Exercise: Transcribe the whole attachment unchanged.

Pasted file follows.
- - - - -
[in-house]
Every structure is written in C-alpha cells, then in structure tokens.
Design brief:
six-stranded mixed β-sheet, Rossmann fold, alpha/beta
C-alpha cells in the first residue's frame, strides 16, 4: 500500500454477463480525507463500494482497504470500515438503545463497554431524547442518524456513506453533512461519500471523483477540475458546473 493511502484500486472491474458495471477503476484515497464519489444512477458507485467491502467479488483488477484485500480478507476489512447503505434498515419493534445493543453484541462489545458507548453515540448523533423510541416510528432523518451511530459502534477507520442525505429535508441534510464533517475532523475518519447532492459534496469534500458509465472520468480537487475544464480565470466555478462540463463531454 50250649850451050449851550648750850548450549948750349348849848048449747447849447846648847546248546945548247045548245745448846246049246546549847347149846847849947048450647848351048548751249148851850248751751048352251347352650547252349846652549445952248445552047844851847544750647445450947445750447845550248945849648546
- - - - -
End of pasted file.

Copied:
[in-house]
Every structure is written in C-alpha cells, then in structure tokens.
Design brief:
six-stranded mixed β-sheet, Rossmann fold, alpha/beta
C-alpha cells in the first residue's frame, strides 16, 4: 500500500454477463480525507463500494482497504470500515438503545463497554431524547442518524456513506453533512461519500471523483477540475458546473 493511502484500486472491474458495471477503476484515497464519489444512477458507485467491502467479488483488477484485500480478507476489512447503505434498515419493534445493543453484541462489545458507548453515540448523533423510541416510528432523518451511530459502534477507520442525505429535508441534510464533517475532523475518519447532492459534496469534500458509465472520468480537487475544464480565470466555478462540463463531454 50250649850451050449851550648750850548450549948750349348849848048449747447849447846648847546248546945548247045548245745448846246049246546549847347149846847849947048450647848351048548751249148851850248751751048352251347352650547252349846652549445952248445552047844851847544750647445450947445750447845550248945849648546